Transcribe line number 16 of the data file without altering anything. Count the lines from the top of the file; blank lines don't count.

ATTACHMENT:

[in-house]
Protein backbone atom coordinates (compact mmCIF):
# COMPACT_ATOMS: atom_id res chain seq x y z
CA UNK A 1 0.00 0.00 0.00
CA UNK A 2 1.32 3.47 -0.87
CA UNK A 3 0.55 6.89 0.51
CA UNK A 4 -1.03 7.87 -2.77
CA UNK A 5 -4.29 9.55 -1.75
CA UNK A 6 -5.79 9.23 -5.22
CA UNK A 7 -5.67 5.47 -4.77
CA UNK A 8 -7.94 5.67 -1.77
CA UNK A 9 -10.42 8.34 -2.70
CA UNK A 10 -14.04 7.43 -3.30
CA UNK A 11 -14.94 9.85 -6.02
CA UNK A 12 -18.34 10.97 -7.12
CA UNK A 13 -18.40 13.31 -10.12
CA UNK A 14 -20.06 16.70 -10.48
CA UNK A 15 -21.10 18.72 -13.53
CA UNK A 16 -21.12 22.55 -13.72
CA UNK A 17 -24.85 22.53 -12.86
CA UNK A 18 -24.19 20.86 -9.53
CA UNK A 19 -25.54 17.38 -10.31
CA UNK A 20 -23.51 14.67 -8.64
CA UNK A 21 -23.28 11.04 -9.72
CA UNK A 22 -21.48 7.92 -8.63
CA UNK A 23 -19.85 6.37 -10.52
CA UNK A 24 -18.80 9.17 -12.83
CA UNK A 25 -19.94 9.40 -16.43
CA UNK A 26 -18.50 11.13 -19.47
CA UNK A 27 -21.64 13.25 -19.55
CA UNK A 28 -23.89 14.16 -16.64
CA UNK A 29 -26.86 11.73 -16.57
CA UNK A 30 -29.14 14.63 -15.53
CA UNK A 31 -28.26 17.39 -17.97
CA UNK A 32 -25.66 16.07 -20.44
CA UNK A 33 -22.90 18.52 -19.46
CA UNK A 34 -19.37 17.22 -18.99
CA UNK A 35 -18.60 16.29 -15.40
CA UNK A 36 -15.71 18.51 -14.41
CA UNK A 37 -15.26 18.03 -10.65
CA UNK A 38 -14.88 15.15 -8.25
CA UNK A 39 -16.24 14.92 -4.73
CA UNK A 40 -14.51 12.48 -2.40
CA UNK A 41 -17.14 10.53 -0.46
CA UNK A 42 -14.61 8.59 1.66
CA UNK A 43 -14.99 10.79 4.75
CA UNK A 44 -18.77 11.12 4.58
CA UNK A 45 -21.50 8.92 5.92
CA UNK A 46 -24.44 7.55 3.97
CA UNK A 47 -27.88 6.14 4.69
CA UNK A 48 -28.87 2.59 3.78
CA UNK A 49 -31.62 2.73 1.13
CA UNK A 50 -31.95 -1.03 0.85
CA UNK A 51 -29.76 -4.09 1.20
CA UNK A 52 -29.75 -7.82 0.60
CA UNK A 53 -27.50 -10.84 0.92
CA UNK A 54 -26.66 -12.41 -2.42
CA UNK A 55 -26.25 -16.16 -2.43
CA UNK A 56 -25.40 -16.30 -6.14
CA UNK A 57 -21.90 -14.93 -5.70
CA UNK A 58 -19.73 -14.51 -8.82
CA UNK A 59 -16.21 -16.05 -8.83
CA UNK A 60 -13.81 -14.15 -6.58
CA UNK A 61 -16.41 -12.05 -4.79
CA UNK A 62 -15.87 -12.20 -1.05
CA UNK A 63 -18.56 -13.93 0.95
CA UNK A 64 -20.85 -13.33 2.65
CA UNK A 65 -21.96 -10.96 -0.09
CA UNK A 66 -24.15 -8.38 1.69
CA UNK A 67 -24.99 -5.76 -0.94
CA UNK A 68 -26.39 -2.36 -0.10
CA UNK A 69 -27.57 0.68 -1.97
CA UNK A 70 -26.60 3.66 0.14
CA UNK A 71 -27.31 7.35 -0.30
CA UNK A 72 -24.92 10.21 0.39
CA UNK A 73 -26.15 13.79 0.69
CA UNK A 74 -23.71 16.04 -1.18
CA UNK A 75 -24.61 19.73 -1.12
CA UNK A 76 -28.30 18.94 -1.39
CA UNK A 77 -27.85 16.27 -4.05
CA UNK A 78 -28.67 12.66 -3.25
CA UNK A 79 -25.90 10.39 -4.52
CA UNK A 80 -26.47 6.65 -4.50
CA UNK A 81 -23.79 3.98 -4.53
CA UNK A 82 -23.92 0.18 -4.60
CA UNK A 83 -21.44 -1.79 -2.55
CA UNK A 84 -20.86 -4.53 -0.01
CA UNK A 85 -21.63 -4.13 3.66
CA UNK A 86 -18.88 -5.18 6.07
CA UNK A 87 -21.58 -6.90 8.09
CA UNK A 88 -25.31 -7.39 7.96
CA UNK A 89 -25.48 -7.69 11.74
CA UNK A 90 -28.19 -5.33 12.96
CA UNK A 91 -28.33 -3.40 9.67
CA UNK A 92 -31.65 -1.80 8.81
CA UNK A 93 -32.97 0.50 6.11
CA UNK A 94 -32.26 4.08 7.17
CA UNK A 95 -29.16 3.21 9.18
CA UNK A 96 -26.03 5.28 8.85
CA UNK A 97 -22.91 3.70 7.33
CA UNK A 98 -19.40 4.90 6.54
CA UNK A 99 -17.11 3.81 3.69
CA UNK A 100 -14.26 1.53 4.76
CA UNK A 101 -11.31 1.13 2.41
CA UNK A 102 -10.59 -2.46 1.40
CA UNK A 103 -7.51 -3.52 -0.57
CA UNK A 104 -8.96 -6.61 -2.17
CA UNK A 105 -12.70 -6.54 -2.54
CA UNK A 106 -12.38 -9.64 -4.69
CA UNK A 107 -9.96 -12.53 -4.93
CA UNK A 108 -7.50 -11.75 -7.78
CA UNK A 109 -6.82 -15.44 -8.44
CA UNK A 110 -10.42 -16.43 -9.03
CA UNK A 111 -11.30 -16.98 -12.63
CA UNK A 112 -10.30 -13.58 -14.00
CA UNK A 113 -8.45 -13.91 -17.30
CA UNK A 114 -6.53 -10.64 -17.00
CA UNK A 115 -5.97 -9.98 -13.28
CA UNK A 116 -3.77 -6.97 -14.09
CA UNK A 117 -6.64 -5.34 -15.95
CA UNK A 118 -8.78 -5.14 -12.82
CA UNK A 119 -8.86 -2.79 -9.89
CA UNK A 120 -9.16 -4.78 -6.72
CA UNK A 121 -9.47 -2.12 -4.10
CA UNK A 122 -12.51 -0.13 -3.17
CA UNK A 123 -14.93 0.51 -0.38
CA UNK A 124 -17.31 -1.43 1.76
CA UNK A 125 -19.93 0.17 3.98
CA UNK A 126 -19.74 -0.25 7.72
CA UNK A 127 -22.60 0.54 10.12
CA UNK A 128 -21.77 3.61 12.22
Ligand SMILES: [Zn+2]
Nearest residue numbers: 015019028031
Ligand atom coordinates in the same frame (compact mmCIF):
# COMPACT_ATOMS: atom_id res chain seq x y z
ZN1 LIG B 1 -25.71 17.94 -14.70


CA UNK A 13 -18.40 13.31 -10.12